Hiking & Trail Running

The entire Targhee-Yellowstone-Teton area is a hiker’s paradise. Hikes from 30 minutes to several hours are available from the Resort or just a short jaunt down the road. Take a scenic chairlift ride to the top of the mountain and enjoy breathtaking views of the Teton Range from our summit viewing platform. Guided hikes are available from our Resort Naturalists.

Grand Targhee Resort Hikes

Bannock Trail

Mileage: 3.2 miles one way
Elevation Gain/Loss: 1800’
Difficulty: Moderate
This Hiking-only trail meanders through aspen groves before traversing through a diverse Forest beyond the Blackfoot lift. The trail follows our northern boundary, overlooking the Jedediah Smith Wilderness and northern Teton Range.  This trail finishes at our Summit Observation Platform near the top of the Dreamcatcher chairlift.

Summit Trail

Mileage: ½ mile one way
Elevation Gain/Loss: +/- 75 feet
Difficulty: Easiest
This short Ridge Line Trail connects the Summit Observation Platform to the Summit Nature Center, and continues to the Marmot Trail. This rocky path follows the Fred’s Mountain ridge line as it crests north through alpine plants and world class views of the Grand Teton Mountains.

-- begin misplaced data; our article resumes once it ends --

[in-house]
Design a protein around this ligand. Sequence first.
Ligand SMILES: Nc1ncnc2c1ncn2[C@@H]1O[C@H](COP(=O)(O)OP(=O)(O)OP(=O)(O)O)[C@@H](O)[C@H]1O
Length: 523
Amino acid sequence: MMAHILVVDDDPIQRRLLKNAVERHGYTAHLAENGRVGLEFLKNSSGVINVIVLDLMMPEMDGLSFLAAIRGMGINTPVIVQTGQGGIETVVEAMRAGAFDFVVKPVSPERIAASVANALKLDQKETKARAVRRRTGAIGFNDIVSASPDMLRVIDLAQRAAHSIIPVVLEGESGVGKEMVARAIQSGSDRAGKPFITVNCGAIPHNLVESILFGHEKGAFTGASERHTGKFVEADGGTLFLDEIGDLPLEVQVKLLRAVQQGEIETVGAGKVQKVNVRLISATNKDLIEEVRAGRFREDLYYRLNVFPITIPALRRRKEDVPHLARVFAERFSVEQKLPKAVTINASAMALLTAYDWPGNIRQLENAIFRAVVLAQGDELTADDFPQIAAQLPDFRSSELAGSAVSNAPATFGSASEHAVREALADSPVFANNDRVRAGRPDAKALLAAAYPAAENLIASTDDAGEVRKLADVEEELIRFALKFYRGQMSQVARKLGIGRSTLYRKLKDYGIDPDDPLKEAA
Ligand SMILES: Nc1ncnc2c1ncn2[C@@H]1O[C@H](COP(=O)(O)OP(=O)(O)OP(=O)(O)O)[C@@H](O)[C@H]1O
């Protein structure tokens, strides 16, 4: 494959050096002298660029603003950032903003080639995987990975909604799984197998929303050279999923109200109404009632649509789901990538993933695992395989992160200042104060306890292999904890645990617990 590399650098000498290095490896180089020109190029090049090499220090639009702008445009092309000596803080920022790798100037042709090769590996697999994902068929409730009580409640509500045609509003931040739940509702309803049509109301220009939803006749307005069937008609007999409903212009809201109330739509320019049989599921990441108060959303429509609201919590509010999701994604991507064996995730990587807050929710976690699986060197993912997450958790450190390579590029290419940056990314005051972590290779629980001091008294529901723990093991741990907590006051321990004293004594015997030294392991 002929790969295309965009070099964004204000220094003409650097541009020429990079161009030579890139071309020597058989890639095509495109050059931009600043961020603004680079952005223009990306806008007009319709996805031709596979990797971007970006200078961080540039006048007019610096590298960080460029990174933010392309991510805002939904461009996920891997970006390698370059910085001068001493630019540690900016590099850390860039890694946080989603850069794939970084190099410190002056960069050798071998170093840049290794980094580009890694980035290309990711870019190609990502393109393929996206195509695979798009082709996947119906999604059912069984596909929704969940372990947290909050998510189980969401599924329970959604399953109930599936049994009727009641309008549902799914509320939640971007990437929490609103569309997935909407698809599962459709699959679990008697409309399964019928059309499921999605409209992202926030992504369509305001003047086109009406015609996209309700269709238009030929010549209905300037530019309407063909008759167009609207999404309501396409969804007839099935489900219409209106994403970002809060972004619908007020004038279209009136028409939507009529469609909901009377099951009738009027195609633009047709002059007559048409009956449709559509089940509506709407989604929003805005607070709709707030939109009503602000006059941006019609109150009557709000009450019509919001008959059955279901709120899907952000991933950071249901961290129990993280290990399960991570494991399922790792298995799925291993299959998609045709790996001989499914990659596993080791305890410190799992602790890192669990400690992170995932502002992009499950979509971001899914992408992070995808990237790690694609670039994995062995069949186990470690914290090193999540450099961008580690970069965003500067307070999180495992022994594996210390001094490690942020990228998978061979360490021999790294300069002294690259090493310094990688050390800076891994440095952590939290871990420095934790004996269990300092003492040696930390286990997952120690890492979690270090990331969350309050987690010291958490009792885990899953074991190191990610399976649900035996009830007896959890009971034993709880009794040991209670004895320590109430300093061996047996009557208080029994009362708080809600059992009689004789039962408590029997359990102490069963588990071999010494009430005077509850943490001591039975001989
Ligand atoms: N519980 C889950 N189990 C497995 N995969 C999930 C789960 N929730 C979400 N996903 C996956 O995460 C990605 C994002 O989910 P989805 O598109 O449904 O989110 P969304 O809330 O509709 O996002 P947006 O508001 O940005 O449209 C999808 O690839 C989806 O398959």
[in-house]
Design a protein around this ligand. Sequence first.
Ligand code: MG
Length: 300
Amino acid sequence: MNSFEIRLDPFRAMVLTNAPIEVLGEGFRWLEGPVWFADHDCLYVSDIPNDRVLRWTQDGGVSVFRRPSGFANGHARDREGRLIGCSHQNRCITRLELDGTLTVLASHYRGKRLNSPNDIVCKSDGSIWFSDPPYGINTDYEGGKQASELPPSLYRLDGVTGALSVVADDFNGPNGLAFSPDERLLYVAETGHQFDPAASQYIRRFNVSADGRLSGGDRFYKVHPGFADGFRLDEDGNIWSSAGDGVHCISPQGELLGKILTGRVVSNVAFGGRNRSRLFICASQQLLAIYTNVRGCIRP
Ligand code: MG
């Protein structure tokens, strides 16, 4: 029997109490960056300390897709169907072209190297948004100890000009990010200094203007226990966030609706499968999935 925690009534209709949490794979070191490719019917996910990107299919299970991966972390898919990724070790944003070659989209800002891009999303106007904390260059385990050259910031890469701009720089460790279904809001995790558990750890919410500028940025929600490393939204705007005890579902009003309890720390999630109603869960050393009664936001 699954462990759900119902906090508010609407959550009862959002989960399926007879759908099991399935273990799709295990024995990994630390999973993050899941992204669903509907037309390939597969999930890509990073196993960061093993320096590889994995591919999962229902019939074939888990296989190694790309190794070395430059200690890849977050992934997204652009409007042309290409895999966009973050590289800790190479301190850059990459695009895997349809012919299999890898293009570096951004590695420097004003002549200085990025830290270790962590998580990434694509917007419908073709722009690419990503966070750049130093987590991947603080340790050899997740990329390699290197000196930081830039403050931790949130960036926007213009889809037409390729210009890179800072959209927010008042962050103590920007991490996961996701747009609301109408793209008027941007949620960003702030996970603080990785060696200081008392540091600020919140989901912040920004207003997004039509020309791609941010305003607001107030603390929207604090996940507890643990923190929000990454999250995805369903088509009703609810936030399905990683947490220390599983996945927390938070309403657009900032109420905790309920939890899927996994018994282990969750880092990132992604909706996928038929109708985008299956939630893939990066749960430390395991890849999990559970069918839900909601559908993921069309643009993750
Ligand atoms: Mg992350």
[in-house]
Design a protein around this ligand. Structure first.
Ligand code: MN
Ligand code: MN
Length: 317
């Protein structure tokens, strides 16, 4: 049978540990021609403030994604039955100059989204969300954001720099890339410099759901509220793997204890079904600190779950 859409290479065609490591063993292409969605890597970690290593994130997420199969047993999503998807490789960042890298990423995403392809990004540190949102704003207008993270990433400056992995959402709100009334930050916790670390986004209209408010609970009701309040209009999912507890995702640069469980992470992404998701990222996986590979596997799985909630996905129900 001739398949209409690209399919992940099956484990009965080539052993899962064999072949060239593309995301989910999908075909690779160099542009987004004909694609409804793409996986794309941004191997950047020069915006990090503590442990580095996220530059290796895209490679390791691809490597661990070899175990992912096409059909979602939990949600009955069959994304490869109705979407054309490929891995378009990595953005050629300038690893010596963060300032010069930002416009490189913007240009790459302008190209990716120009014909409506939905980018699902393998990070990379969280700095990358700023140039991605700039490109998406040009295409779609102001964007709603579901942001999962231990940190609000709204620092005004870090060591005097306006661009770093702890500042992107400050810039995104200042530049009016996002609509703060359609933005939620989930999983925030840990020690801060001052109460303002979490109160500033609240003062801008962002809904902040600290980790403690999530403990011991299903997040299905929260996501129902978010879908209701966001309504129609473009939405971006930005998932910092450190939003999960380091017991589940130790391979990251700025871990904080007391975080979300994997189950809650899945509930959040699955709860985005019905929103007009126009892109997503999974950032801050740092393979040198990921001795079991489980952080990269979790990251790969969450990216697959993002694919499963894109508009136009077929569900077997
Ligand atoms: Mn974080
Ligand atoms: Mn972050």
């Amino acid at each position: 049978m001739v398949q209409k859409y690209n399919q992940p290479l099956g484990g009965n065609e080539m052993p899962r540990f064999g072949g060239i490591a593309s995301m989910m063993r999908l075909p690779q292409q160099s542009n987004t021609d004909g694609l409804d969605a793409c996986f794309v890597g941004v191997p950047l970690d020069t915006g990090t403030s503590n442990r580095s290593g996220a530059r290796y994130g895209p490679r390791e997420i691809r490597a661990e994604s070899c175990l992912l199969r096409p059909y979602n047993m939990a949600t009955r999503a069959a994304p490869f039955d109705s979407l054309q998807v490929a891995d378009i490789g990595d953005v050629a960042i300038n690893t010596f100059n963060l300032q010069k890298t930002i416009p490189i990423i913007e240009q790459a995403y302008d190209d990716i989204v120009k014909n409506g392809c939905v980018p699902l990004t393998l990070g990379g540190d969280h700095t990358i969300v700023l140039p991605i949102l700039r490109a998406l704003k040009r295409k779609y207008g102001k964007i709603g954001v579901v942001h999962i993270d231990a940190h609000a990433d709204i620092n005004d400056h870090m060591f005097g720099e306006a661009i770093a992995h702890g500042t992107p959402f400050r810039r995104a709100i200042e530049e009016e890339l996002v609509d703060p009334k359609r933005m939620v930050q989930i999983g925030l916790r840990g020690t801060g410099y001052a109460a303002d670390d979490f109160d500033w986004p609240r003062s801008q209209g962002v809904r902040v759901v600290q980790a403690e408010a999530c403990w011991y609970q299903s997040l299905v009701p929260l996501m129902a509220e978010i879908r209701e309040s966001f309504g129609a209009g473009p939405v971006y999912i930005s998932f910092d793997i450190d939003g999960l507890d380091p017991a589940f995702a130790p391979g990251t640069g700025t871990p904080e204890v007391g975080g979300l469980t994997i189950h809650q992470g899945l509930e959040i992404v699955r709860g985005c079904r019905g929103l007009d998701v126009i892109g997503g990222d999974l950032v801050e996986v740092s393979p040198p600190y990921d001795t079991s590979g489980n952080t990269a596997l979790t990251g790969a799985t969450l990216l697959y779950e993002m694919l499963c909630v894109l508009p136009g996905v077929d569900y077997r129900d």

Marmot Trail

Mileage: ¾ mile
Elevation Gain/Loss: 500’
Difficulty: Moderate (tricky footing)
This hiking trail continues from the south end of the Summit Trail. The Marmot Trail traverses rocky slopes and sub-alpine meadows to connect with the Mary’s Saddle trail. Listen for Marmots and Pikas (they make a meep sound) as you switchback among Limber Pine & Whitebark Pine trees.

Mary’s Saddle Trail

Mileage: 1 mile
Elevation Gain/Loss: 500’
Difficulty: Easy
The Mary’s Saddle Trail offers incredible vistas of the Tetons and the expansive Teton Canyon. This trail sweeps across talus slopes. Look for sub-alpine wildflowers and listen for Pikas.

Teton Canyon Overlook

Mileage: 3 miles
Elevation Gain/Loss: 1600’
Difficulty: Moderate
This trail can be accessed by one of our service roads or the Peaked Multi-use Trail (24). Once you reach the overlook you can look down into the north and south forks of Teton Canyon, as well as view the Grand Teton Cathedral Group originally known as les trois tétons.

Peaked Trail

Mileage: 2.4 miles
Elevation Gain/Loss: 696’
Difficulty: Difficult
This trail switchbacks up Peaked Mountain just north of the Sacajawea chairlift area. Access the peaked trail from Andy’s trail (18). Wildflowers bloom well into July along the Peaked Mountain slopes.  Enjoy a hike along the Peaked Ridge with views of Grand Targhee Resort, Teton Valley and the expansive Teton Canyon.

Andy’s Trail

Mileage: 1.6 miles
Elevation Gain/Loss: 321’
Difficulty: Moderate
Named in honor of Grand Targhee Resort’s lead trail builder Andy Williams, this trail traverses to Lightning Ridge giving you views of Treasure Mountain and the Grand Tetons. This loop trail overlooks the Mill Creek and Spring Creek drainage’s and Teton Canyon; leading hikers through mountain meadows of wildflowers and mixed forests.

Perma-Grin Trail

Mileage: 2.5 miles
Elevation Gain/Loss: 308’
Difficulty: Moderate
This trails name says it all. Shady Aspen groves full of birds keeps you cool on a hot summer day.